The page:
After Cambodia I headed northeast to Vietnam. I took a sketchy prop plane (in true Cambodian fashion) from Sihanoukville to Ho Chi Minh city and then jumped on a jet engine plane to the north. I wanted to start in the capital and spend more time in the North before moving down through the country. I was able to meet up with my friends from Thailand and an old friend from home! Colleen happened to be exploring SE Asia and had crossed into Hanoi from Laos just a day after I did. My friends and I used Hanoi as a base camp while touring the north. Between trips to Ha Long Bay and Sapa I had quite a bit of time in Hanoi. In total, I spent about two weeks jumping in and out of the capital and I ended up loving it. It is right up with Chiang Mai as one of favorite cities in all of SE Asia.
I think what I loved the most about Hanoi was its energy. To be totally honest, it can be a little overwhelming at times. It isn’t for everyone. The traffic can be downright insane. There are over 7million people in the city and about 5million motorbikes. Crossing the street in Hanoi was the most dangerous adventure I had undertaken to date. The crosswalks mean nothing, stoplights (if there are any) mean nothing, there are no traffic cops and there are seemingly no traffic laws / speed limits. It’s the wild west of driving. My mom would love it. After about a week I finally realized that the only way to get across was to put your head down and just walk at a normal steady pace. The cars and motorbikes adjust to your speed and move around you. The WORST thing you can do is hesitate, stop, or speed up. That’s how you end up being hit by a motorbike or van (it happens a lot).
So what was there to love about Hanoi? For one thing, the food was incredible. Everything was made from fresh ingredients. Nothing was processed, nothing was fake. I ate pho, bun cha, bun thang, and plenty of chicken banh my. I also ate my weight in rice noodles. Beyond that, I enjoyed local rice wine, terrible home brewed beer, steamed chicken feet and snake. I suppose my culinary journey through Hanoi began with one of the crazier experiences I’ve had… the snake farm.
While in Pai, Thailand I was walking through the night market with some friends. A street vendor was selling different skewers of meat. One skewer consisted of 7 chicken hearts. I made a pact with a friend that we’d come back the next night, have a few shots of the local poison, and split the hearts. Unfortunately the next night there were no hearts! Chicken hearts were the Wednesday special. We agreed that if we met up again in Vietnam we’d have to eat something crazy. So on my second night in Hanoi we joined the group headed to snake village… for dinner.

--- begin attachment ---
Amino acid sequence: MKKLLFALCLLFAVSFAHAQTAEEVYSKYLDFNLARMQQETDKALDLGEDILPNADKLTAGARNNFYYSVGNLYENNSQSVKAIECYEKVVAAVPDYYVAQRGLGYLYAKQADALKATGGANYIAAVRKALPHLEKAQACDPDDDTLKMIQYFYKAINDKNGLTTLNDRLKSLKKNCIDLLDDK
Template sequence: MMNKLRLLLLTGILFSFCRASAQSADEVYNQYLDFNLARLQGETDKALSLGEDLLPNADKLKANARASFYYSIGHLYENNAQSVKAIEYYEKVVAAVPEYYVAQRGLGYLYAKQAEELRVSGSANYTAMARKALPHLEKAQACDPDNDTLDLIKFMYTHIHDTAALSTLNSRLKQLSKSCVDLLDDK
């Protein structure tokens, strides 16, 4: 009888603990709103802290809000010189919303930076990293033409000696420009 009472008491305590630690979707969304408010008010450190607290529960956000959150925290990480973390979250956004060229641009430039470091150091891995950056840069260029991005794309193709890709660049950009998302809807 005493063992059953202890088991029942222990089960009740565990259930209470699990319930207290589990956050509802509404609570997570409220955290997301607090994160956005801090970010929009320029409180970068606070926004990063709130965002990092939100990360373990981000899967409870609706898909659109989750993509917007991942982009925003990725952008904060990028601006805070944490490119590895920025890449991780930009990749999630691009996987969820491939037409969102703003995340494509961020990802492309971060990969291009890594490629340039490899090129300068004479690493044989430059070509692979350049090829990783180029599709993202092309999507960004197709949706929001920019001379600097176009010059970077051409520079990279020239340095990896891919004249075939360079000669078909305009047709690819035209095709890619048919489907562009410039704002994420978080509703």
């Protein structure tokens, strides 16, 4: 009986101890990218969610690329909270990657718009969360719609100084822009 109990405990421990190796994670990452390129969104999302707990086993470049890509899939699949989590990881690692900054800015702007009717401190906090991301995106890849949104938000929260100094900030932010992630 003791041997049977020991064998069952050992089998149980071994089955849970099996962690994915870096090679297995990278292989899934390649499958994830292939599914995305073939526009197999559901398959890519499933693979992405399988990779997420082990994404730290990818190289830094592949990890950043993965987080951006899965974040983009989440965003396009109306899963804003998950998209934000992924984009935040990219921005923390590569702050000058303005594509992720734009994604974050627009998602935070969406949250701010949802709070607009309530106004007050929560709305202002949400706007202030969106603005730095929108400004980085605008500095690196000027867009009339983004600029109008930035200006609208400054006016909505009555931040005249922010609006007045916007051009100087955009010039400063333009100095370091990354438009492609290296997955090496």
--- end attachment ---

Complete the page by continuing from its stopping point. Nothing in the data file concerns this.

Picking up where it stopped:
About 5 miles north of the city is the village of Le Mat. It is home to more than 100 snake farming households. Our group arrived at one of the more prominent farms / restaurants and explored the many cages of snakes. Most of these are cobras which have been de-fanged and no longer have venom. We are able to touch them and drape them around our necks. The worker also brought out a massive king cobra from a special cage in the back. We were instructed to stay back. I happily complied. The group was then seated around a large table while the staff brought out the large pots of rice wine. Shots were certainly needed to calm the nerves. Next came the 3 large snakes we would be sharing for our meal. They were still alive and slithering. The group gathered around for the infamous ritual, while three brave souls from our group stood forward. What happens next is a little disturbing. The staff cut open the underbelly of the live cobras and one by one the volunteers stepped up to bite the beating heart out of the living snake, washing it down with a shot of rice wine. It was insane and a little disturbing. Next the workers drained the snakes blood and bile into two separate chalices of rice wine. Each member of the group received two shot glasses; one bright red shot of snake blood and one florescent green shot of snake bile. With a chant of ‘Mot, hai, ba!’ the shots were thrown back one after the other. Full disclosure the bile shot tasted horrible. I suppose I’ve resigned myself to the fact that I will not be welcome at PETA meetings moving forward.
After the gruesome cocktails were finished, the 3 snake corpses were taken into the kitchen. When they returned, they had been turned into a 4 course meal. There were grilled snake short-ribs, stir-fried snake with veggies and garlic, snake spring rolls, and snake with rice. For a restaurant that only serves snake, they sure know how to do it right. Everything was delicious! The sauces and the spices were well balanced and everything went down smooth with glasses of rice wine. Snake had an odd texture, somewhere between chicken and fish. It was a delightful dinner and there was plenty of food.
Overall the snake farm was a unique and fun experience. It was something out of the norm and out of my comfort zone. Snake meat has been a popular cuisine in Vietnam for years and snake is used for pharmaceutical purposes. Its blood is considered to be a powerful aphrodisiac. I’m not sure the science behind all of that, but I do know that my time at Le Mat was a wild introduction to Vietnam!